• Owning your resilience: reducing trauma-influenced thinking

  • I recently watched the documentary “Brave Miss World”.  Its the story of Linor Abargil, a woman who lived through being raped six weeks before she went on to win the Miss World pageant.   Linor  used her fame to tell her story, and to help other women who had been sexually assaulted to find their own voice and to speak out.  

    ​Watching, I thought of that moment, the minute the act of the trauma ends.  How for Linor, the second that the rape was over, that first breath in, and every breath after, was driven by her inner strength, her inner fight.  To me, that was what the film documented, how she moved into owning her resilience, celebrating it, and sharing it.

    ​I thought of all the people over the years I have worked with who have been through trauma.  How no matter where they were in their healing, I knew their strength and resilience, even when they could not.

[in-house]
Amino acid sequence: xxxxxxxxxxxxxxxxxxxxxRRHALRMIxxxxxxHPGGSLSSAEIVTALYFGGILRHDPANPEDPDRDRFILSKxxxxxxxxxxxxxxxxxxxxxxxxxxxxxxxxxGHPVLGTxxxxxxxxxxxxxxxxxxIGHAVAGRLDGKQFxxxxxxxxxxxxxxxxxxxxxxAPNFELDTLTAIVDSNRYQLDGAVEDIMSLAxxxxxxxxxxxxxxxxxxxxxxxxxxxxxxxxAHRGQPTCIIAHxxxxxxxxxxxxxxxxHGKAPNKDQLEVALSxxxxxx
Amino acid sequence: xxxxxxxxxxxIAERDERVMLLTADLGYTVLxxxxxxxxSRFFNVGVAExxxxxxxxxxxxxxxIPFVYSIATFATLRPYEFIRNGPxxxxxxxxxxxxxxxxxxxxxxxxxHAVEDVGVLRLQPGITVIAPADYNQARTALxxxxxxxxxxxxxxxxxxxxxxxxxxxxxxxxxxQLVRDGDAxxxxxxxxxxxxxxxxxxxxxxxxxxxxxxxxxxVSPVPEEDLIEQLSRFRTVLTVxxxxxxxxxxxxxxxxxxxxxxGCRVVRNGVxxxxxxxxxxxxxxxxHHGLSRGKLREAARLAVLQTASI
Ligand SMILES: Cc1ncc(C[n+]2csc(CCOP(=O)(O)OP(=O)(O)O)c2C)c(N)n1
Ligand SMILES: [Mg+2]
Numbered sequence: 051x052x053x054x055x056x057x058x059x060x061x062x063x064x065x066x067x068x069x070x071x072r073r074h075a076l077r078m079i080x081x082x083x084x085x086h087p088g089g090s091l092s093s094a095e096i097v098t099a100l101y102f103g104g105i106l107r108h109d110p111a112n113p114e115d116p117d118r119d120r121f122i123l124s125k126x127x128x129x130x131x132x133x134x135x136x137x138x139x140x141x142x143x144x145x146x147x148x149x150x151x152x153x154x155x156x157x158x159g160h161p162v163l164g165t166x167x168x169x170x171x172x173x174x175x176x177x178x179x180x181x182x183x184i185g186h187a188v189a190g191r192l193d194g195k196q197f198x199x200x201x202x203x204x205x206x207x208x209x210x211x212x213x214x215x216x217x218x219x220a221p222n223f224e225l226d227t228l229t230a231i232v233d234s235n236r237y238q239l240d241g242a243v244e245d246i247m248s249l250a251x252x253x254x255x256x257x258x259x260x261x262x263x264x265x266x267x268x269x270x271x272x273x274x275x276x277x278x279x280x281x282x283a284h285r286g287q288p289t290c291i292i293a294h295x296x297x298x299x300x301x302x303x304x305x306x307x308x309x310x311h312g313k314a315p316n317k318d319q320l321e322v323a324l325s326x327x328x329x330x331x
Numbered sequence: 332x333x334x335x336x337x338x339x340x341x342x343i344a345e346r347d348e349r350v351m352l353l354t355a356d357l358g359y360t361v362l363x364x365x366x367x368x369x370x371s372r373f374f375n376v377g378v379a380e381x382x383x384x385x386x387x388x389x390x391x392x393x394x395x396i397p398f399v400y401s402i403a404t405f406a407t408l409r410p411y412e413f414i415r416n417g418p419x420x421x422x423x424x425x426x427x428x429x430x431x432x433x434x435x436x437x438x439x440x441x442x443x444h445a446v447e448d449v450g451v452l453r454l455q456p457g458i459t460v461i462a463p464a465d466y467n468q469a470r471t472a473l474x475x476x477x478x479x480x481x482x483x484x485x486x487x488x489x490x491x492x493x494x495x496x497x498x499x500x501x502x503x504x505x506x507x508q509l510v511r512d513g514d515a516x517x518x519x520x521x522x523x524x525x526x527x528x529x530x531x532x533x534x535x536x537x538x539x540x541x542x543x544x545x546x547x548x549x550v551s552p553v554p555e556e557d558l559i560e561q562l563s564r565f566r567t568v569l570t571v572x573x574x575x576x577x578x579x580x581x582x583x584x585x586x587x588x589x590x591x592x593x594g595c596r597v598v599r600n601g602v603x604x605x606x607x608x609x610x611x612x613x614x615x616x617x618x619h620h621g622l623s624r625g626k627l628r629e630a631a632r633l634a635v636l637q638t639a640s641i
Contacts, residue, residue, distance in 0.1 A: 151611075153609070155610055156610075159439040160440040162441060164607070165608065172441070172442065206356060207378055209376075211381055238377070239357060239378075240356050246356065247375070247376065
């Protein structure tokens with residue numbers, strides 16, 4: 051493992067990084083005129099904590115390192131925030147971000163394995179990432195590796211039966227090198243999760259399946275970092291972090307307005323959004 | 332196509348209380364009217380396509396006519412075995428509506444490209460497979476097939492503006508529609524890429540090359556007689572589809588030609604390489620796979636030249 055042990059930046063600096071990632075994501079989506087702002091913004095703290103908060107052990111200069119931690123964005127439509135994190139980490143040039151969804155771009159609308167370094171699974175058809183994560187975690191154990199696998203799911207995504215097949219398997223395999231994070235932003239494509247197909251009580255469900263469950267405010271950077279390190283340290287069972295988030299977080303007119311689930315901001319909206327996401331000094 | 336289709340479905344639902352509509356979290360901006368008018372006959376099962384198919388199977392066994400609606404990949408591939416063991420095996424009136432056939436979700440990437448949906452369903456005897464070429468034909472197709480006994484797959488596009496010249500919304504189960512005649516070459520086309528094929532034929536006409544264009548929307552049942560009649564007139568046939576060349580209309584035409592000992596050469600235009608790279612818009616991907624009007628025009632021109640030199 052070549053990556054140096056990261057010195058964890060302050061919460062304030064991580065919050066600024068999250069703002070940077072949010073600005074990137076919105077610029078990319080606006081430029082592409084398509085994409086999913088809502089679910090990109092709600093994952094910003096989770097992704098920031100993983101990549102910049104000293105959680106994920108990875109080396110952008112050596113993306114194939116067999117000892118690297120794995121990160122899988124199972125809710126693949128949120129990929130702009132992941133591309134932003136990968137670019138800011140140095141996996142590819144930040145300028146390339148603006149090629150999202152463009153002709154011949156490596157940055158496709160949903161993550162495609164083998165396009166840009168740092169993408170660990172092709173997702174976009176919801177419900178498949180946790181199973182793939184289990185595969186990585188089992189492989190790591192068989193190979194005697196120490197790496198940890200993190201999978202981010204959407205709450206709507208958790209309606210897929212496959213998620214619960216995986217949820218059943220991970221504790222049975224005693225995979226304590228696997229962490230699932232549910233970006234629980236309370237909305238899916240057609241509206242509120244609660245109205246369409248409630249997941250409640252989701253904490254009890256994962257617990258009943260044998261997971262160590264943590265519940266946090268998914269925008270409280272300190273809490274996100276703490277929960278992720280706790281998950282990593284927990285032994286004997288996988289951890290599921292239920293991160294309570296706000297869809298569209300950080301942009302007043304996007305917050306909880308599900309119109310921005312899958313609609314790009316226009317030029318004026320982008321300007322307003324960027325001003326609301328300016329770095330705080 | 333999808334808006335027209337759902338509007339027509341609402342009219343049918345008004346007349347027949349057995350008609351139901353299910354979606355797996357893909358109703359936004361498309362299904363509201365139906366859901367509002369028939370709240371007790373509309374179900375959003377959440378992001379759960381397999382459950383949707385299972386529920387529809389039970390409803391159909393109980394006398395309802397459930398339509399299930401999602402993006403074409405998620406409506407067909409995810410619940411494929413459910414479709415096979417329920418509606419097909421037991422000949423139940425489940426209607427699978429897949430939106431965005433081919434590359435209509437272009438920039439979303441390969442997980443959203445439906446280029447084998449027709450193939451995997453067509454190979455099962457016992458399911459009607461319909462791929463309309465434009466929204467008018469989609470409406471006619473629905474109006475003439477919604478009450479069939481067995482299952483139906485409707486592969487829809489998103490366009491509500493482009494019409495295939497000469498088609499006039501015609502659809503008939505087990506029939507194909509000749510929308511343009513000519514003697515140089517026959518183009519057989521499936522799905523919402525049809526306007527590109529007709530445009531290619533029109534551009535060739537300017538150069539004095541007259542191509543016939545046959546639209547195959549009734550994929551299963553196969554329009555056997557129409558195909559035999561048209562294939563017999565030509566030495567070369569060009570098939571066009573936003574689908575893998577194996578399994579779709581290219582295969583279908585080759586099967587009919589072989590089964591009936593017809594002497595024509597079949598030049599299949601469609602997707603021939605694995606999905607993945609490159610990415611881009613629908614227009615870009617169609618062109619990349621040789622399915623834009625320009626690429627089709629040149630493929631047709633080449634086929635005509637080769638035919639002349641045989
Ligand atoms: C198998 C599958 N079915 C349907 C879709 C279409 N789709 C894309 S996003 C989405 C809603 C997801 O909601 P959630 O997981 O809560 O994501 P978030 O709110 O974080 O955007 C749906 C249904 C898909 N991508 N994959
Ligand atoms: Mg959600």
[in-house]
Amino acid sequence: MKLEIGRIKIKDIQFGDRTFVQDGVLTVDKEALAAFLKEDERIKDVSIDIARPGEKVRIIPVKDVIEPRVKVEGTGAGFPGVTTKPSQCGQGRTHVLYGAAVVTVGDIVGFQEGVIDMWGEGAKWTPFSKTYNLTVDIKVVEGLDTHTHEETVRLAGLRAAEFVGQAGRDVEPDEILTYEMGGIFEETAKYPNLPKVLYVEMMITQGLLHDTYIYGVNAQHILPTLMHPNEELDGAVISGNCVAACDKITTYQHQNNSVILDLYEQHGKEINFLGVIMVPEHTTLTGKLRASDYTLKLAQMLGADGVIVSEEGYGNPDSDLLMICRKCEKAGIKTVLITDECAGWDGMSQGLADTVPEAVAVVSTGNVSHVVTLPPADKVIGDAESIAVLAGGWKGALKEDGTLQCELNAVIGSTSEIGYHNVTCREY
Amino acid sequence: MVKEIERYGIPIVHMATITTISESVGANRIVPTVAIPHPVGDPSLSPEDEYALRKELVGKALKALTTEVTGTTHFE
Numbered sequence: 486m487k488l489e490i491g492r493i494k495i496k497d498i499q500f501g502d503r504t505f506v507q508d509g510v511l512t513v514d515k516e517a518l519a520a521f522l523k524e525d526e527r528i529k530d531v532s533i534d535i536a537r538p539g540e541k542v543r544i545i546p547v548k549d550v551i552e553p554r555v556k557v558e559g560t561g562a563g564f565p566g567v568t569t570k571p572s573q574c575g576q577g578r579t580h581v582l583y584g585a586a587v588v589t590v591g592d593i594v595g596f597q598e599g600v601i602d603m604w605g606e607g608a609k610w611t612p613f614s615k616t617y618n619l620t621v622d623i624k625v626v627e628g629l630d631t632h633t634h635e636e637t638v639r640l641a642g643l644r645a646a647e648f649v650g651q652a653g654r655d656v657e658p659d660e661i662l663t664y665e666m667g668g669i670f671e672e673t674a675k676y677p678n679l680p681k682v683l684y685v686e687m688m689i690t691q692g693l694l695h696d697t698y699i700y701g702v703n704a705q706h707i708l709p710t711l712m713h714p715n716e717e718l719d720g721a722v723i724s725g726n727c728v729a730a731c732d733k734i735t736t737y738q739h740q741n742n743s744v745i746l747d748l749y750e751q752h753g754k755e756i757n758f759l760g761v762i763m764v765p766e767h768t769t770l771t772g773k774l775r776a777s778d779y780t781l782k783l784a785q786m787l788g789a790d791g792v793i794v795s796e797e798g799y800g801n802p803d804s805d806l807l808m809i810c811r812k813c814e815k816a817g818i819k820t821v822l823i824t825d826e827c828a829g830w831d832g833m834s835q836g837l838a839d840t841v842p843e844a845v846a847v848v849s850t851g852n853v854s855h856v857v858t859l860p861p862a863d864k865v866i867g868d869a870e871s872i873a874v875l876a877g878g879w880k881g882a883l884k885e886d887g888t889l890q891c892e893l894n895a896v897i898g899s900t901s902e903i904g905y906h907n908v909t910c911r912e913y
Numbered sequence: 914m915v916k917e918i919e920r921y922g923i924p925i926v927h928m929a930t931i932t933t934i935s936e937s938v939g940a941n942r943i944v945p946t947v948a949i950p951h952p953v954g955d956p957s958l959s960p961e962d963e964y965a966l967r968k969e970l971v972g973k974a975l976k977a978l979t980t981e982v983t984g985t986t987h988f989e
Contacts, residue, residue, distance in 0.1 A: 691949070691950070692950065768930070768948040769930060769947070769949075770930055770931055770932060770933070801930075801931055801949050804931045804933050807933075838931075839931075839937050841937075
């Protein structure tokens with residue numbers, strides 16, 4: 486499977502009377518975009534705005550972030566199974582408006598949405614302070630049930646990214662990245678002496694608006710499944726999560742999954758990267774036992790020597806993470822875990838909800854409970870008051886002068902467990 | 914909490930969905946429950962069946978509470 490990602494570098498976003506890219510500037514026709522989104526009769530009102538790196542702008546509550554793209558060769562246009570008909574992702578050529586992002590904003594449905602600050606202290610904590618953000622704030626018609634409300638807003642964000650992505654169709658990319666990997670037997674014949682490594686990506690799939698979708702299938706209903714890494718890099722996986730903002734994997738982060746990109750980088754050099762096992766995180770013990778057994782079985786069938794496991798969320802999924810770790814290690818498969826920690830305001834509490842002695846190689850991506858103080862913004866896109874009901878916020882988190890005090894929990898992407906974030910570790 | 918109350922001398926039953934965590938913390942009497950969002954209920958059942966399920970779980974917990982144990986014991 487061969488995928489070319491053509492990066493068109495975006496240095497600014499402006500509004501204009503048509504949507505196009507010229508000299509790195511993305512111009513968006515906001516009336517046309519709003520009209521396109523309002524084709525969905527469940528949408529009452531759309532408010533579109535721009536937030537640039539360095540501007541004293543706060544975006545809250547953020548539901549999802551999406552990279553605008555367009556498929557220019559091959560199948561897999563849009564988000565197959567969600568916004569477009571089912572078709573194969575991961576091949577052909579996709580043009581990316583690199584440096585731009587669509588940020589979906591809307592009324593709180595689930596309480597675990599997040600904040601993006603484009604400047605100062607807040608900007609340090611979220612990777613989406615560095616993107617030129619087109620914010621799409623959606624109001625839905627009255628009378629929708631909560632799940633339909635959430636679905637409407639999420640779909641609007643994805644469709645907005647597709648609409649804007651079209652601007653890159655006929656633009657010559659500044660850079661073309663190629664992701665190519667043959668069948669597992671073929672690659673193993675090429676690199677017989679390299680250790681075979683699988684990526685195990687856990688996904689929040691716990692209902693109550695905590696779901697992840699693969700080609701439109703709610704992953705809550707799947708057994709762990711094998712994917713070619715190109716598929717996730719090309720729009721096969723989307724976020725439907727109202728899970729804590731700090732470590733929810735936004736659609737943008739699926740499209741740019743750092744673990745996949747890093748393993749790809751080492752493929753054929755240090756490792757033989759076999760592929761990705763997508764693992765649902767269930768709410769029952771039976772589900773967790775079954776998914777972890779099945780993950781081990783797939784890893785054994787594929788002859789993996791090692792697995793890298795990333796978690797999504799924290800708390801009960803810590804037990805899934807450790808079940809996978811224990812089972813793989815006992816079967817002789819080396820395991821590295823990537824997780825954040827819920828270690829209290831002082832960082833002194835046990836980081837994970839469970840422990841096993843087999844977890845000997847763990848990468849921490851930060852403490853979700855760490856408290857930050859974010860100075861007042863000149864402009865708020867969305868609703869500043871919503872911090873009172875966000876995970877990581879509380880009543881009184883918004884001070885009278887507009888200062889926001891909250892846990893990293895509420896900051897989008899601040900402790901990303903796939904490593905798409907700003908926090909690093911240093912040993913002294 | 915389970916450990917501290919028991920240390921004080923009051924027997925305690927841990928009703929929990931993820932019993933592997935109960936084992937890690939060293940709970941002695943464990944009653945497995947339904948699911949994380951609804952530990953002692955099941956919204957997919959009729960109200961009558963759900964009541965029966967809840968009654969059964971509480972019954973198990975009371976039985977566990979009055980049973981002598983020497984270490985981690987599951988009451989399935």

Talking about trauma with a therapist is really about teasing out grief and other emotions and making sure things are assigned correctly.   Often, a person who has lived through trauma can struggle with blending  healthy thoughts with trauma-influenced responses.  An example of this is the healthy grieving thought:  “I hate that this happened to me”  becoming, in the traumatized brain,   “I deserved this”,  or,  “I did something to cause this“.  Many times, a person who has been through a trauma doesn’t realize that their thoughts, often all of their thoughts, are shifted in this way to become trauma-influenced thoughts.    My job is to help you identify the effects of trauma and work through that influence, and to reach the space where you more than see and feel your own resilience, but celebrate it.